As stress is a physiological response to what is occurring in the surroundings, it is likely that every pet in the world experiences stress each day. Acute stress is essential for survival, enabling an animal to deal with the initiating stressors in a manner that will enhance the animal's chances of survival. However, many animals experience chronic stress — regular and/or continuous exposure to stressors at levels and proximities that the animal is unable to control or alter. Such stressors can lead to physiological and emotional distress and impaired welfare. The dog that is left alone in the home can become trapped in an environment for which it has no coping strategies or, due to circumstances outside its control, may have lost its previous coping strategies. Such dogs suffer daily impairments in welfare.
As with other practice-based professions, research is vitally important to the field of veterinary nursing. Professions have a responsibility to provide high-quality services that are beneficial to their clients, whether human or animal, based on systematic and ongoing research, providing evidence-based principles. Even though veterinary nurses work as members of a healthcare team, there are areas of their professional practice that are exclusively their domain, which warrant scientific investigation. Veterinary nursing research will not only assist veterinary patients and clients through improving nursing practices, but will also advance the development of veterinary nursing as a profession. Generating a unique body of knowledge is one of the criteria by which a profession is defined. This article examines what is research in veterinary nursing, why research is important to veterinary nursing professional practice and how scientific research can promote the development of the veterinary nursing profession.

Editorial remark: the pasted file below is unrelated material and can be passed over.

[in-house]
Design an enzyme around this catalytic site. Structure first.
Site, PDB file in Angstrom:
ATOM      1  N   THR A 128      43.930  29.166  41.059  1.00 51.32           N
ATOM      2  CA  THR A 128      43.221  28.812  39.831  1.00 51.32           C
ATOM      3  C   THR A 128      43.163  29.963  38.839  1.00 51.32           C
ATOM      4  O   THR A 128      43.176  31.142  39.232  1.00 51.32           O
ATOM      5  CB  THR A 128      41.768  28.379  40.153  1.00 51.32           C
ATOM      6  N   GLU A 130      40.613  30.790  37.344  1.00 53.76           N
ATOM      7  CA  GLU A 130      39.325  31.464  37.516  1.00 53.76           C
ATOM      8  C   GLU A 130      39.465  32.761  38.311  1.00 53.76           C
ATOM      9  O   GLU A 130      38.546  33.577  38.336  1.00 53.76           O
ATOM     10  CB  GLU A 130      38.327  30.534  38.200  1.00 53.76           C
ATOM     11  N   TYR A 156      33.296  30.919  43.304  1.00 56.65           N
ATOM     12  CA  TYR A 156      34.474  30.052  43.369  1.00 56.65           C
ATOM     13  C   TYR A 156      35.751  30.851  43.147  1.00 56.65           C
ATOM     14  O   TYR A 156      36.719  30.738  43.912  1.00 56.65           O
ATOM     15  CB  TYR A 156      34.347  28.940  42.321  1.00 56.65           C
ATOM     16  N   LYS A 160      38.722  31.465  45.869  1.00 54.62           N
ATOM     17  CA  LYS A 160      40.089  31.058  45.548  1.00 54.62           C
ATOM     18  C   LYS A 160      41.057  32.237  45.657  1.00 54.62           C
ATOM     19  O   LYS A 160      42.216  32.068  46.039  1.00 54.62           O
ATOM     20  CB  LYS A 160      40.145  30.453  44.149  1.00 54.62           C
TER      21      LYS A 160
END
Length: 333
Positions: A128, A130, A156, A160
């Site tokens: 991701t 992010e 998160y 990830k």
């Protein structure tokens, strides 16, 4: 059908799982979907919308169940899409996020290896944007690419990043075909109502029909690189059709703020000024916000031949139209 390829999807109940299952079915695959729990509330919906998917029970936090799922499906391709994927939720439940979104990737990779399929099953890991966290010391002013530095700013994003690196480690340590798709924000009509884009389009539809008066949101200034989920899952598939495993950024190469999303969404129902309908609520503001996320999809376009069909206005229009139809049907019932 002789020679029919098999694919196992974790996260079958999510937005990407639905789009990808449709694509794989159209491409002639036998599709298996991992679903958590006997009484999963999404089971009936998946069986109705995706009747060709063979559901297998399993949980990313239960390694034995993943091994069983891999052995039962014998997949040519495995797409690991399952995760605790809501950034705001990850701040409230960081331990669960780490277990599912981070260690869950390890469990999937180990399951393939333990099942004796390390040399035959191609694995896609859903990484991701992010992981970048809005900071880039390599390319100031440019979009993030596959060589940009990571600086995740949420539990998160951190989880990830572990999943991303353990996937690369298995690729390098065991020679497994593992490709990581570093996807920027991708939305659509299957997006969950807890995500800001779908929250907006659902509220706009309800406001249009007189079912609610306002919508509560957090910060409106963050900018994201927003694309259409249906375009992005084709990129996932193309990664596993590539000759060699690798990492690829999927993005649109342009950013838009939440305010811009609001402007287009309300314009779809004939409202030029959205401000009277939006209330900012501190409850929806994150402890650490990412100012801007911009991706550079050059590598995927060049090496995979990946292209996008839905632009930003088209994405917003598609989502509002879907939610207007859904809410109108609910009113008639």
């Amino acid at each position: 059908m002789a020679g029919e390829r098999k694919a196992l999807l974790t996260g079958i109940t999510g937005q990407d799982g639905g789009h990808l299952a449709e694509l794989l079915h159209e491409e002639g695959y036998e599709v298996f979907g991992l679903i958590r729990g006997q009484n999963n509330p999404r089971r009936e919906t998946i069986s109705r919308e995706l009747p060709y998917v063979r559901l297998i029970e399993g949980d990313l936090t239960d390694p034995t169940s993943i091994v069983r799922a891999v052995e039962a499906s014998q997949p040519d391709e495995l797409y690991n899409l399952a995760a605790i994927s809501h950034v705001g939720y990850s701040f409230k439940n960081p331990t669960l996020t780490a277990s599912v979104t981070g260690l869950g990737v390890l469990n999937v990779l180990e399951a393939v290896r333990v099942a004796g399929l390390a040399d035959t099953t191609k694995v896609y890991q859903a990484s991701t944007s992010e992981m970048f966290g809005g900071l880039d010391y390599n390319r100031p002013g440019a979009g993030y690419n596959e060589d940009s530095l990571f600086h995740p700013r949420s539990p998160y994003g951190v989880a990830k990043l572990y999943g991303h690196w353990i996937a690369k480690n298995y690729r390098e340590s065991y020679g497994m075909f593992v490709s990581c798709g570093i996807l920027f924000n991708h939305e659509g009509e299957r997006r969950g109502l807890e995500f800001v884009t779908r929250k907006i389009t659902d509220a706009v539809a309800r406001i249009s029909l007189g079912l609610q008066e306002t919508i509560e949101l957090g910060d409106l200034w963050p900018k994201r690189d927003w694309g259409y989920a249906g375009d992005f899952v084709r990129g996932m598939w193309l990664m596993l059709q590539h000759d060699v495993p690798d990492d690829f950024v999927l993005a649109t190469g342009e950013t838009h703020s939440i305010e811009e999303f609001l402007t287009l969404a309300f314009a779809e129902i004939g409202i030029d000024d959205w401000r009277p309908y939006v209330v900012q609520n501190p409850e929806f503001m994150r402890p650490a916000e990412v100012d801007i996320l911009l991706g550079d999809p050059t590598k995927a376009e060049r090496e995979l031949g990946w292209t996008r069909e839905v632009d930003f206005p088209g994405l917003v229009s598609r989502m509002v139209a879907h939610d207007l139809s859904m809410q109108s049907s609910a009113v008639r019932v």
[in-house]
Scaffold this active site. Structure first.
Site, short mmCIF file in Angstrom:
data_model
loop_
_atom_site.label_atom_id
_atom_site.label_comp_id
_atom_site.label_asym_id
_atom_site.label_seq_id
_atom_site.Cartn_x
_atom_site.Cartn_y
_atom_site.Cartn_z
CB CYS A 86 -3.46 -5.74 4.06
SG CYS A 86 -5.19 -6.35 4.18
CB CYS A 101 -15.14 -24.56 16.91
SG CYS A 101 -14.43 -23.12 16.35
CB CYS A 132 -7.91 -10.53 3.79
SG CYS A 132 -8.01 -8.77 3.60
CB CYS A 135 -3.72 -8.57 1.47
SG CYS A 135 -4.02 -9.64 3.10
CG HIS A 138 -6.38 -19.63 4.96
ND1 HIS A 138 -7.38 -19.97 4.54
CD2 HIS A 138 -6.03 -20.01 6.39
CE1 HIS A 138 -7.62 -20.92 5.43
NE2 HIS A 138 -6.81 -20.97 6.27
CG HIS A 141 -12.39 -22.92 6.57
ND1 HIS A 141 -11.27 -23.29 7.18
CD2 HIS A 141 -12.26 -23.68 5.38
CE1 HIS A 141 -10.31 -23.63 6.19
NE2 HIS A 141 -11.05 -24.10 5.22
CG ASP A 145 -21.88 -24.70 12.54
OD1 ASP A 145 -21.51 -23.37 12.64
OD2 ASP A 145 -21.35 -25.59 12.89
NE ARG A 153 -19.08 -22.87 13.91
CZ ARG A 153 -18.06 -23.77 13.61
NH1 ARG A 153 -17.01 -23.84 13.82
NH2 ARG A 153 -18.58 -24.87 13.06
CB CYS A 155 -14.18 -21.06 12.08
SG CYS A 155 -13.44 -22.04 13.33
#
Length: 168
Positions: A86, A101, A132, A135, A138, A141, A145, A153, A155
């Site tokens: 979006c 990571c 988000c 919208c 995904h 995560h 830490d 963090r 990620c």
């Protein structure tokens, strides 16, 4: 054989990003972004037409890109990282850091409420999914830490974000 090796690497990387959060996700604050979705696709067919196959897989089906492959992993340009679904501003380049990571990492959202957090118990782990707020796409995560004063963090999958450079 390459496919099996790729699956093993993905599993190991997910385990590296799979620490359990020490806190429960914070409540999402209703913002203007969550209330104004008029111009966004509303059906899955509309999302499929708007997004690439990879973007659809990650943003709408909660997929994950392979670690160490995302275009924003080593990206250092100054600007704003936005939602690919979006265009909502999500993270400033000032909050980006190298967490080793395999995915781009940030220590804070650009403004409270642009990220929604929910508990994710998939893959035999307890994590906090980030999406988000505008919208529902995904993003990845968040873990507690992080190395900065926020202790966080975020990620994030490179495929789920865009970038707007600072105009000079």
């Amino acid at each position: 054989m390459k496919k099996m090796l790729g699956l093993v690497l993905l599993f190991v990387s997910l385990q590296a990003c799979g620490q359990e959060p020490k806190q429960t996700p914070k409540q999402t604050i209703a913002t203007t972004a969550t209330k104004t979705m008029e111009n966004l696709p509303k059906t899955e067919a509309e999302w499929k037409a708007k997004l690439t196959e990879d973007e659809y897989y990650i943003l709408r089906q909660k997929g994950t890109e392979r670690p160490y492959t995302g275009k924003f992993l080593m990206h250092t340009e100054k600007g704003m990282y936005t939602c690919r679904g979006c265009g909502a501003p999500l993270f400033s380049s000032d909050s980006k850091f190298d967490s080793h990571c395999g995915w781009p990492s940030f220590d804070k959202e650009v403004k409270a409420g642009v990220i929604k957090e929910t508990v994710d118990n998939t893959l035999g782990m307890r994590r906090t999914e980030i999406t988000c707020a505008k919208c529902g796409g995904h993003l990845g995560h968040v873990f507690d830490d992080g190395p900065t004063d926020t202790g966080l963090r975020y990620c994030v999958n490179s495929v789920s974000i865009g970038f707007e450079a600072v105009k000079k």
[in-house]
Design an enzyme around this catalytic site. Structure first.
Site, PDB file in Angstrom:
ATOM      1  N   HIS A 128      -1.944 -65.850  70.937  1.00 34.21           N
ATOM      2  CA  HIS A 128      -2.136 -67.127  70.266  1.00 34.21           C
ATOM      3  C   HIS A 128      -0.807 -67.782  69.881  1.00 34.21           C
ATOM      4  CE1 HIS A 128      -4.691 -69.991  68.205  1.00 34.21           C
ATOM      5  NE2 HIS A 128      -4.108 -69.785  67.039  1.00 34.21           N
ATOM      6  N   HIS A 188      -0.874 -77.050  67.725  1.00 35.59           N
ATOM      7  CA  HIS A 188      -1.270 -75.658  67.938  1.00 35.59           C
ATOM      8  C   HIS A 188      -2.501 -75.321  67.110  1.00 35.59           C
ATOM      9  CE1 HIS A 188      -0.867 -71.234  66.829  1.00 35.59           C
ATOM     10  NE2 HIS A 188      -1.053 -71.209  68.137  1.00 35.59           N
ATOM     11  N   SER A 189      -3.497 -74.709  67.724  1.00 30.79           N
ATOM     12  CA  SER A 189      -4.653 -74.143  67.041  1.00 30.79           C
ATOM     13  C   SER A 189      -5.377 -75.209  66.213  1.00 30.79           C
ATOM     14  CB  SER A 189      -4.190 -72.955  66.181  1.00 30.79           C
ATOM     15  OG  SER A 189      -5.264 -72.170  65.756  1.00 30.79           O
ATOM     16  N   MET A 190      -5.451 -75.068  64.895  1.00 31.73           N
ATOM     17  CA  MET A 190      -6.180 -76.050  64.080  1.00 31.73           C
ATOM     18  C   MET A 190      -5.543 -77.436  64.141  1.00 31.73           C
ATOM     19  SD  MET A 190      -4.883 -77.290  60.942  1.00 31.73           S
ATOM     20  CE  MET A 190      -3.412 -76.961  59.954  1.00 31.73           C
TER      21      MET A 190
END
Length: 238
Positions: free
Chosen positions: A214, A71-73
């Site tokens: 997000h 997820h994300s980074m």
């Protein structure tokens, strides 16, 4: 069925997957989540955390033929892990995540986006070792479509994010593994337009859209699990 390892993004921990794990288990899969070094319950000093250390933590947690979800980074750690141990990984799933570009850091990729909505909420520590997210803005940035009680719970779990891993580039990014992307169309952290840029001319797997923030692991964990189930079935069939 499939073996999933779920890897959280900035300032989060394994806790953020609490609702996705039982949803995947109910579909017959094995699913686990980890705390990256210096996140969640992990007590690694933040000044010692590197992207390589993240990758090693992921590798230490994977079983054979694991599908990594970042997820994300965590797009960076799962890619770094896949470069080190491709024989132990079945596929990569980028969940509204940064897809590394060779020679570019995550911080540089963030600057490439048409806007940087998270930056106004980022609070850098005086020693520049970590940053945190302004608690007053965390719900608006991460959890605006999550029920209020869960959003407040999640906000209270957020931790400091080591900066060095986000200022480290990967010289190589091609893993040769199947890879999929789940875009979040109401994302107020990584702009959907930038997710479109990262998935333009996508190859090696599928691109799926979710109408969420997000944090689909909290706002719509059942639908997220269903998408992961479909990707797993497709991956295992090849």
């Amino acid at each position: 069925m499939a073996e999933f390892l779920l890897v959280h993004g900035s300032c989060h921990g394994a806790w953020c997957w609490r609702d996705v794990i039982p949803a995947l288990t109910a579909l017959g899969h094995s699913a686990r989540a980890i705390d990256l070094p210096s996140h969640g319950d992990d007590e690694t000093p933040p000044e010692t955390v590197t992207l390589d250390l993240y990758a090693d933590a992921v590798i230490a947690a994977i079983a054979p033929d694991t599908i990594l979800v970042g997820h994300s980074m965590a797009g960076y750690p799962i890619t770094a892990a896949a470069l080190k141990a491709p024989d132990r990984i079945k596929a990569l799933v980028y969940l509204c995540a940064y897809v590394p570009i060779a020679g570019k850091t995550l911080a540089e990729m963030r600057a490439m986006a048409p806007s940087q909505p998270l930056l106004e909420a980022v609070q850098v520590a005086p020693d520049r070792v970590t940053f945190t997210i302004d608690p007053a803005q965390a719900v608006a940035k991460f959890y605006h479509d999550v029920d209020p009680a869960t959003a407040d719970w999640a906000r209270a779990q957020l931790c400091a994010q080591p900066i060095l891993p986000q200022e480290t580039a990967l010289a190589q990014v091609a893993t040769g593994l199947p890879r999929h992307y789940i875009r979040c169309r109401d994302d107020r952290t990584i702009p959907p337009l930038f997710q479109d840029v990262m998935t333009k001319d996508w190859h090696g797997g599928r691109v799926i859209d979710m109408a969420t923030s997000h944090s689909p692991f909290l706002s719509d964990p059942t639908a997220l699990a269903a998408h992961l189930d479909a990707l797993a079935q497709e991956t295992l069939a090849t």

Nutrition is a critical component of caring for small animals, but special consideration should be made for the patient with cardiac disease. The degree of heart disease varies greatly, and consequently, so do the nutritional requirements of the patient. Anorexia and cardiac cachexia are problems that veterinary nurses should be aware of; nurses should be able to formulate feeding plans for the individual patient, and be able to provide owners with practical advice.
Rabbits are herbivores with teeth and a gastrointestinal system adapted for a high-fibre, low-nutrient diet. Providing an appropriate diet, based on grass or grass hay supplemented with vegetables and only small amounts of concentrates, is important for tooth health, gut function and maintenance of a healthy weight. Water is also essential, and most rabbits prefer a bowl to a sipper bottle. Rabbits that fail to ingest their caecotrophs and those with diarrhoea (which is rarer) may become soiled and prone to flystrike. Obesity resulting from excess concentrate feed can lead to health problems including soiling and arthritis, and obese rabbits are more likely to develop life-threatening hepatic lipidosis if they stop eating for any reason. Stress minimization is important in hospitalized rabbits to avoid anorexia, which has potentially life-threatening consequences.